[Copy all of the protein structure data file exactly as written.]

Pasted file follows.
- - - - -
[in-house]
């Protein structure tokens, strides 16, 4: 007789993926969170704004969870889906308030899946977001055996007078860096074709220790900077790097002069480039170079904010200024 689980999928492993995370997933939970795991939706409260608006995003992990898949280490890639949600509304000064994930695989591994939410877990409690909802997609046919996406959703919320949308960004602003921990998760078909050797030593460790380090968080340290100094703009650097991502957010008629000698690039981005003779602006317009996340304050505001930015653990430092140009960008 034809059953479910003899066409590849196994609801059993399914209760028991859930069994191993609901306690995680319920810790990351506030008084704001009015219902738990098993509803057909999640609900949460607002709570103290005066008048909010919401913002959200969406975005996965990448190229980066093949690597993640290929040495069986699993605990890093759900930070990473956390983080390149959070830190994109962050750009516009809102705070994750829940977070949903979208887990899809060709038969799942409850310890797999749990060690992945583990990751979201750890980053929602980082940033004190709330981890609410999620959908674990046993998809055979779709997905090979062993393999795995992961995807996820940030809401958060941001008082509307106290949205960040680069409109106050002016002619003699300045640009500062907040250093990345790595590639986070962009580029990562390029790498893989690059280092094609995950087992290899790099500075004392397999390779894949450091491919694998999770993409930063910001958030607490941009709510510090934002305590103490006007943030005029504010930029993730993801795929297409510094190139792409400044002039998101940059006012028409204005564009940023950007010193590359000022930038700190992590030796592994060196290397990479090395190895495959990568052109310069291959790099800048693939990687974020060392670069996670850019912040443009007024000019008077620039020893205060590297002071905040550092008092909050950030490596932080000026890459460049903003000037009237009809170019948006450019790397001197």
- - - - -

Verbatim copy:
[in-house]
């Protein structure tokens, strides 16, 4: 007789993926969170704004969870889906308030899946977001055996007078860096074709220790900077790097002069480039170079904010200024 689980999928492993995370997933939970795991939706409260608006995003992990898949280490890639949600509304000064994930695989591994939410877990409690909802997609046919996406959703919320949308960004602003921990998760078909050797030593460790380090968080340290100094703009650097991502957010008629000698690039981005003779602006317009996340304050505001930015653990430092140009960008 034809059953479910003899066409590849196994609801059993399914209760028991859930069994191993609901306690995680319920810790990351506030008084704001009015219902738990098993509803057909999640609900949460607002709570103290005066008048909010919401913002959200969406975005996965990448190229980066093949690597993640290929040495069986699993605990890093759900930070990473956390983080390149959070830190994109962050750009516009809102705070994750829940977070949903979208887990899809060709038969799942409850310890797999749990060690992945583990990751979201750890980053929602980082940033004190709330981890609410999620959908674990046993998809055979779709997905090979062993393999795995992961995807996820940030809401958060941001008082509307106290949205960040680069409109106050002016002619003699300045640009500062907040250093990345790595590639986070962009580029990562390029790498893989690059280092094609995950087992290899790099500075004392397999390779894949450091491919694998999770993409930063910001958030607490941009709510510090934002305590103490006007943030005029504010930029993730993801795929297409510094190139792409400044002039998101940059006012028409204005564009940023950007010193590359000022930038700190992590030796592994060196290397990479090395190895495959990568052109310069291959790099800048693939990687974020060392670069996670850019912040443009007024000019008077620039020893205060590297002071905040550092008092909050950030490596932080000026890459460049903003000037009237009809170019948006450019790397001197």